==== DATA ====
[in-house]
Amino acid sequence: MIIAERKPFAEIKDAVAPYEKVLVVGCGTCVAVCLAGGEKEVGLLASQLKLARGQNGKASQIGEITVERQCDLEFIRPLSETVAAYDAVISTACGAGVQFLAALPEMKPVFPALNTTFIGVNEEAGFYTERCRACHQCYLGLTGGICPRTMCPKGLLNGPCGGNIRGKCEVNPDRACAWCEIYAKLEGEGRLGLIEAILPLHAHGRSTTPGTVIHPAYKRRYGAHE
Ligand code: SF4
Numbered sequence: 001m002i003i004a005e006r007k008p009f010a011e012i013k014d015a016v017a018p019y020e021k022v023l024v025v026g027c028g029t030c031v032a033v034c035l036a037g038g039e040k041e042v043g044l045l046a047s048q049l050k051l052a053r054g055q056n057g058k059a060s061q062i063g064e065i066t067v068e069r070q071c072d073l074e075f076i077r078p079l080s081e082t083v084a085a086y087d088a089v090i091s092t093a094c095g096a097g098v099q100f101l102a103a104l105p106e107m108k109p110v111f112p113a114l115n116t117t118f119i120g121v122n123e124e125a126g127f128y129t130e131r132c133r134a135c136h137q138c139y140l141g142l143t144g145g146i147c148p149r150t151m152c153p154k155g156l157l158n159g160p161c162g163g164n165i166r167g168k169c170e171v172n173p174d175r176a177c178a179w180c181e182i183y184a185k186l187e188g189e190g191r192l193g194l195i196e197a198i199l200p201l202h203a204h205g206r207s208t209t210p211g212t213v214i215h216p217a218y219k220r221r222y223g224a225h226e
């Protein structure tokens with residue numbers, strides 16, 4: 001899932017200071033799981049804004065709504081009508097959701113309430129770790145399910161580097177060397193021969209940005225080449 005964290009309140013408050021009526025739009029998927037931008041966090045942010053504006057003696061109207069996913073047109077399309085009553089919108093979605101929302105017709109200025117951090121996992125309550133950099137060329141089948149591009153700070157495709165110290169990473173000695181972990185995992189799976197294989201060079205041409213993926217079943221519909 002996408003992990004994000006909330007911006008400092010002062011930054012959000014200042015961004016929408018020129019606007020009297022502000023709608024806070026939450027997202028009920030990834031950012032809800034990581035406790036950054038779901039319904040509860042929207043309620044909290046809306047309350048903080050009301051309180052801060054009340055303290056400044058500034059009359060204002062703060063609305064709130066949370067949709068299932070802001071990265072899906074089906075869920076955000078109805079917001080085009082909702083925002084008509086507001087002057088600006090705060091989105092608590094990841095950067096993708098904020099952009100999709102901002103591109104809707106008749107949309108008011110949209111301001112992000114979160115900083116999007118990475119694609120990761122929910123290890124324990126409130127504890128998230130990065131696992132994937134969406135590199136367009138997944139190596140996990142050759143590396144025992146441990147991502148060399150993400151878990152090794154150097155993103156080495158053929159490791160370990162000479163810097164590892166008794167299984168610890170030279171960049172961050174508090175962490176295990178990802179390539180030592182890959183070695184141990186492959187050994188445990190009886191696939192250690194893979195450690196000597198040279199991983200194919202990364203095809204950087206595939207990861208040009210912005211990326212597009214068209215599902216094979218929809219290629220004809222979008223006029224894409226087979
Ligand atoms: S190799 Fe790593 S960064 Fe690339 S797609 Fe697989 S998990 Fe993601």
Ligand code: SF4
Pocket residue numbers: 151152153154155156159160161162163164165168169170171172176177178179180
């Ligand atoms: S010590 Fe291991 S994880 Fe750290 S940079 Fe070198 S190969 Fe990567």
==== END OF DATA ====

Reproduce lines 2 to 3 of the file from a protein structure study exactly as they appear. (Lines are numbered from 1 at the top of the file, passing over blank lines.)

Amino acid sequence: MIIAERKPFAEIKDAVAPYEKVLVVGCGTCVAVCLAGGEKEVGLLASQLKLARGQNGKASQIGEITVERQCDLEFIRPLSETVAAYDAVISTACGAGVQFLAALPEMKPVFPALNTTFIGVNEEAGFYTERCRACHQCYLGLTGGICPRTMCPKGLLNGPCGGNIRGKCEVNPDRACAWCEIYAKLEGEGRLGLIEAILPLHAHGRSTTPGTVIHPAYKRRYGAHE
Ligand code: SF4